• Ask the publisher to have your manuscript reviewed by an expert if the content needs to be checked.
  • Write non-fiction to get published. This may lead you into having your fiction titles published.
  • Try to work with an illustrator whose work you admire.
  • A book isn’t a book until it is published. Contracts mean nothing.
  • Ask for an upfront payment. Payment of this shows the publisher’s commitment.
  • Draw on your own experiences when you’re writing. These help to make descriptions authentic.
  • Phone publishers up and make appointments to see them. Show them the work you have done. Promote yourself.

LeAnne Hardy grew up in Indiana in the United States but has lived in six countries on four continents. LeAnne spoke about living in so many different places has influenced her writing. She drew on her experience of living in Mozambique when she wrote her novel The Wooden Ox. Living in a war zone was an unforgettable experience. She illustrated this by reading from the story and spoke about the fear she experienced and about anticipating disaster.

Each of LeAnne’s books tries to capture the unique feel of the country in which it is set. Another novel Between two worlds is set in the United States and is about a girl who grew up in Brazil having trouble coping with cultural change. LeAnne bases characters on people she meets and on her own children. However, she hastened to point out that each character develops its own life as the book progresses.

LeAnne mentioned the importance of her Critique Group who helped her to understand that she didn’t have to include every detail of her experiences. In fact, they suggested that she cut out a lot of material in order to focus on plot.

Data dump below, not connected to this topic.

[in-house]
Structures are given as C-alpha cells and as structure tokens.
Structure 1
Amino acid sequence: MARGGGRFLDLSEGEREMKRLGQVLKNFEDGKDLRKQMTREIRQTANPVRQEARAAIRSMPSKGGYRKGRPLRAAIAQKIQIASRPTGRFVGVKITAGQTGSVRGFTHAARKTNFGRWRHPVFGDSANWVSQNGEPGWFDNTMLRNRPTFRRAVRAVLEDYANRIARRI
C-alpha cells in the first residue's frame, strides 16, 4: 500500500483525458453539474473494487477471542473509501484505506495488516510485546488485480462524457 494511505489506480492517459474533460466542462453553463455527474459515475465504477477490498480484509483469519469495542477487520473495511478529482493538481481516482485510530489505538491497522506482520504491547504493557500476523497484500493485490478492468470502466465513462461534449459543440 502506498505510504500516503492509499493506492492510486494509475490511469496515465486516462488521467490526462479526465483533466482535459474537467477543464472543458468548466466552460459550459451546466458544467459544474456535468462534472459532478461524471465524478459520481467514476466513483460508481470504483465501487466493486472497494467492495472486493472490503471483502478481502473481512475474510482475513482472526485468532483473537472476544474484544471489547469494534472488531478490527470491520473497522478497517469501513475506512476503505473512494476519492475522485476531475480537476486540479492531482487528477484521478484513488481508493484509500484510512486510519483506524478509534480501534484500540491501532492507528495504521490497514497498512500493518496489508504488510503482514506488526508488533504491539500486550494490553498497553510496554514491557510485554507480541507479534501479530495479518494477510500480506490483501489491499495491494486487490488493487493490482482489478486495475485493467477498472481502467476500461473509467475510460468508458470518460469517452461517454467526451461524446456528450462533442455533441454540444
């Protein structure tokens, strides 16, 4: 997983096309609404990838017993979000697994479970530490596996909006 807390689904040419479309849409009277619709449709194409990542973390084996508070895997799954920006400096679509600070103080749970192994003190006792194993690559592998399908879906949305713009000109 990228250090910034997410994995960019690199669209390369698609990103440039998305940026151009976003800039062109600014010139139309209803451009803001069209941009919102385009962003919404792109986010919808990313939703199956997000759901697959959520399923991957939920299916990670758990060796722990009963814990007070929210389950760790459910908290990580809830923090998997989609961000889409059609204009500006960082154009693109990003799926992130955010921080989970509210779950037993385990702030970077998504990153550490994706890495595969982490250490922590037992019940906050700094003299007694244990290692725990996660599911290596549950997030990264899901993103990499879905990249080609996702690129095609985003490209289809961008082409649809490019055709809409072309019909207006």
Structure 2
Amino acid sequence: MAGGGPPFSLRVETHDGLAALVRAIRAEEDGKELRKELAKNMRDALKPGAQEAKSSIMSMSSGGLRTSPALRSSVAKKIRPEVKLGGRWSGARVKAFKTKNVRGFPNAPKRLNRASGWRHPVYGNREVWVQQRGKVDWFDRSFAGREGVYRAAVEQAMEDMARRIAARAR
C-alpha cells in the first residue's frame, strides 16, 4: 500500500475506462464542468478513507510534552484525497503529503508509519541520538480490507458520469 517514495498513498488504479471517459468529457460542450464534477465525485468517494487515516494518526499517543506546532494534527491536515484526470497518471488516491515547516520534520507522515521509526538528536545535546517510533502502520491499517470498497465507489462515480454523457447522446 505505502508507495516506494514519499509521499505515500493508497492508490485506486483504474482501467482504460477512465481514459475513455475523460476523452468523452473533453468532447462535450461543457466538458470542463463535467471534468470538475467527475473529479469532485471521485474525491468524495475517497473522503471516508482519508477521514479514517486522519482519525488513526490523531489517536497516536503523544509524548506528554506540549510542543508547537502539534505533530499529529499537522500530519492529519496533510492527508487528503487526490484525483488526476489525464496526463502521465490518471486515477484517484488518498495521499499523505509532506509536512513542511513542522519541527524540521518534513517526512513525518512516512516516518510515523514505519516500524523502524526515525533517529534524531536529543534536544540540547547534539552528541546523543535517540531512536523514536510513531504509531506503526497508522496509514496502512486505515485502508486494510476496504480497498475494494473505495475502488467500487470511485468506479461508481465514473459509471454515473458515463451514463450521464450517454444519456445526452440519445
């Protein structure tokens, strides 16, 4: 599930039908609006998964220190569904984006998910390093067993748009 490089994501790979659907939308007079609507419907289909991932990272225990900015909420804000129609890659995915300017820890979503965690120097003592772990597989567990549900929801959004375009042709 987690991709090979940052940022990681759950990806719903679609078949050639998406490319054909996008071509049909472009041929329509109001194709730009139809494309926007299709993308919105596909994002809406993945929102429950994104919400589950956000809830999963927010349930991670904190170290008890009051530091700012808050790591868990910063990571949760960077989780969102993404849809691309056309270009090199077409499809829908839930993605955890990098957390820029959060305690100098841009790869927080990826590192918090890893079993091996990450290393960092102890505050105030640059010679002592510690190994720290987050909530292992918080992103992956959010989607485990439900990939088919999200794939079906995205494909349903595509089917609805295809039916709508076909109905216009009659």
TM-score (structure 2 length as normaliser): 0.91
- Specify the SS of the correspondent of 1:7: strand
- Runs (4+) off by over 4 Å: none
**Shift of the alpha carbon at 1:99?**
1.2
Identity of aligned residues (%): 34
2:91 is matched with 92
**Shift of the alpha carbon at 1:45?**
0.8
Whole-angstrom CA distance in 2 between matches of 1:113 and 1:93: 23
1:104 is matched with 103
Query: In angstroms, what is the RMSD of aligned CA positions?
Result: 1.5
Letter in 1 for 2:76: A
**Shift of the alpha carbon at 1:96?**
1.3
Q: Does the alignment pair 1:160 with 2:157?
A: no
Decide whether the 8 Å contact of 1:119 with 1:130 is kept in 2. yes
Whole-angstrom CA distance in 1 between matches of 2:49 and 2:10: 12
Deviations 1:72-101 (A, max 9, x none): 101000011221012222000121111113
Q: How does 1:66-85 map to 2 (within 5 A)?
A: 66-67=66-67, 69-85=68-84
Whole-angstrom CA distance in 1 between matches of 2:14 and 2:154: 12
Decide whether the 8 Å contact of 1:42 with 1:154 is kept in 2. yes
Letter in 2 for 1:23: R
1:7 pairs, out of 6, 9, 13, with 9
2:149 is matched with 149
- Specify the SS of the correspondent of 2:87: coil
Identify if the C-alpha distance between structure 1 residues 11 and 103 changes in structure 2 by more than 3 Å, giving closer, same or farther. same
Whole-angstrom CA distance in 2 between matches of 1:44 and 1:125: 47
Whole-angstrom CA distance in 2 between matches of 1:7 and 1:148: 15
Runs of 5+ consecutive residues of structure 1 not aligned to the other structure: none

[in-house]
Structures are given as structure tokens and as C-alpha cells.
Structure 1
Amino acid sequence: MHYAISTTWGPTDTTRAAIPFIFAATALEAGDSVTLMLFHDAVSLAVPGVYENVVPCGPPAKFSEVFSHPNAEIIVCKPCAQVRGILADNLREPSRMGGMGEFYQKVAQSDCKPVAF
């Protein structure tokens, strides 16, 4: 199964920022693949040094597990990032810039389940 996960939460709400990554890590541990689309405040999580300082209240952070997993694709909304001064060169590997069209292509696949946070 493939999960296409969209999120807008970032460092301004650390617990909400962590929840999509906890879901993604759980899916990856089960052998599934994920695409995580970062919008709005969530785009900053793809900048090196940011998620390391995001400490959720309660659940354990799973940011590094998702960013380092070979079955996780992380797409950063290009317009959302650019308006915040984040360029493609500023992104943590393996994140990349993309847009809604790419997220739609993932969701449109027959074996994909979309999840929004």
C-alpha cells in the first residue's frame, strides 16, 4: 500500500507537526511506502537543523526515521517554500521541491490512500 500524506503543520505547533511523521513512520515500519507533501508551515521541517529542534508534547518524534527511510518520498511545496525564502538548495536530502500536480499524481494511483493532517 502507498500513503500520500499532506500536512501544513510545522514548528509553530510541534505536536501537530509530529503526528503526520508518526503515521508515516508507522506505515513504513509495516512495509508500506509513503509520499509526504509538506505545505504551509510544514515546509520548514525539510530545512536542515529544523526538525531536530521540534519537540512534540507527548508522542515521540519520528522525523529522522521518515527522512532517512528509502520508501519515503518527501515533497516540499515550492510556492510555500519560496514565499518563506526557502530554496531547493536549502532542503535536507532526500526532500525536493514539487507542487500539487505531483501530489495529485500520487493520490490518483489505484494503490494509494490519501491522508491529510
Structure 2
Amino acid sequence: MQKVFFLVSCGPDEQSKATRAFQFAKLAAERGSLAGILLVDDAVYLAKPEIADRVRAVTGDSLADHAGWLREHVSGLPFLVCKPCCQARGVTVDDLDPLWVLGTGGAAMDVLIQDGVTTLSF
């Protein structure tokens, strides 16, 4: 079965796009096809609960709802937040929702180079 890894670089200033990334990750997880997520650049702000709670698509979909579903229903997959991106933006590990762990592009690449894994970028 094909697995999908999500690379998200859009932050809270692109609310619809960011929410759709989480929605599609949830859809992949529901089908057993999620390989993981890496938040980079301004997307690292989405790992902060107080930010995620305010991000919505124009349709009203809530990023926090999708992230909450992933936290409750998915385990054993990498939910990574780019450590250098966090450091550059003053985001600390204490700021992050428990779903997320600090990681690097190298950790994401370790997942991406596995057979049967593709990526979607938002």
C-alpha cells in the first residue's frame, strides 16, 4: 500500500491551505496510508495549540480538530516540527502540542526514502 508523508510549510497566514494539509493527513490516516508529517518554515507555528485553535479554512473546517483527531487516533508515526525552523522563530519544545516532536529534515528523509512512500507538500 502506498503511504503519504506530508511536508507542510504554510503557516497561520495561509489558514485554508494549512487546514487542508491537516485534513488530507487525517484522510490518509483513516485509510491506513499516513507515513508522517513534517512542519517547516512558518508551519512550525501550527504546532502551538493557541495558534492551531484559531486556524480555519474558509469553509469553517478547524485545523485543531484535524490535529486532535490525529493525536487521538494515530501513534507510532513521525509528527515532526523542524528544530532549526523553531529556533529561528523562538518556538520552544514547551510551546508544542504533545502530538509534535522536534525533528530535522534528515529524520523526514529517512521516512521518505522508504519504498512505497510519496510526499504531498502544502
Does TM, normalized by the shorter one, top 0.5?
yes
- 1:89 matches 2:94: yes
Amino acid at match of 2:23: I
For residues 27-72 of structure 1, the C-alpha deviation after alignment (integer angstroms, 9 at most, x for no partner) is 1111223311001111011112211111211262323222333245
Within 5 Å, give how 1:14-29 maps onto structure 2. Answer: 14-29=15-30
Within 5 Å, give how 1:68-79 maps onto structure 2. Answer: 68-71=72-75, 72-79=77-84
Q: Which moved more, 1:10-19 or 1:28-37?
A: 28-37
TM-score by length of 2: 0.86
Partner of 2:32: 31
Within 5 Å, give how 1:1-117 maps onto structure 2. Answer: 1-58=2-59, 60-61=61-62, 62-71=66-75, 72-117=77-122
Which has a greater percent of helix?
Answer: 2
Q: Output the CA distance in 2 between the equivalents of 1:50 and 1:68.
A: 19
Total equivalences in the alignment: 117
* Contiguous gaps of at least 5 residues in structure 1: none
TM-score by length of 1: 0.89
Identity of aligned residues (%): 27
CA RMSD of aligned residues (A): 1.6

Currently, LeAnne is living in Kempton Park and writing for children affected by HIV/AIDS. She showed the audience a beautiful little book called Beads and Braids which is about coping with loss. LeAnne speaks to school groups about being a writer and conducts writers’ workshops.

Some tips from LeAnne include:

  • Join a good critique group.
  • Adapt real experiences and include them in fictional writing.
  • Remember that fiction is not a memoir of your own life.
  • Put boys and girls into stories to cater for both genders.
  • Use strong girl models.

Agueda Nunes spoke about growing up as the child of Portuguese immigrants to South Africa. Interestingly, both her own and Rob’s parents were greengrocers.

Agueda wrote her first book Gombi in Fairyland for her daughter, drawing on a lifelong dream that she and her brother shared as children. Firstly, she approached a number of South African publishers before going overseas. Agueda was not prepared to give up her dream of publishing a children’s book. In addition to writing the story, she carried out market research, put the book onto a storyboard, found her own illustrator, composed and recorded lyrics for the book.

Agueda spoke about Passion, Perseverance and Self-actualisation. She mentioned how necessary it was to receive encouragement and support from a friend. Based on this, she made a promise to pen Gombi in Fairyland. Agueda has already planned the next books in the Gombi series - all dealing with various aspects of Emotional Intelligence in children, e.g. bullying, sibling rivalry, the value of believing in yourself etc. The messages conveyed in her books carry a universal theme and are introduced through the non-threatening and lovable character, Gombi.

Some tips from Agueda include:

  • Ask friends to read your story to their children and listen to their feedback.
  • Children need emotional well-being and stories that address this assist them in coping with everyday life pressures.
  • Try overseas publishers.
  • Believe in yourself and NEVER give up on your dream.

Agueda with Sharon Rogers, librarian at Brescia House School

1 comment:

Damaria Senne said...

Hi Jenny, thanks for the report. I missed the event, but your report has enough for me to feel I didn't completely lose out.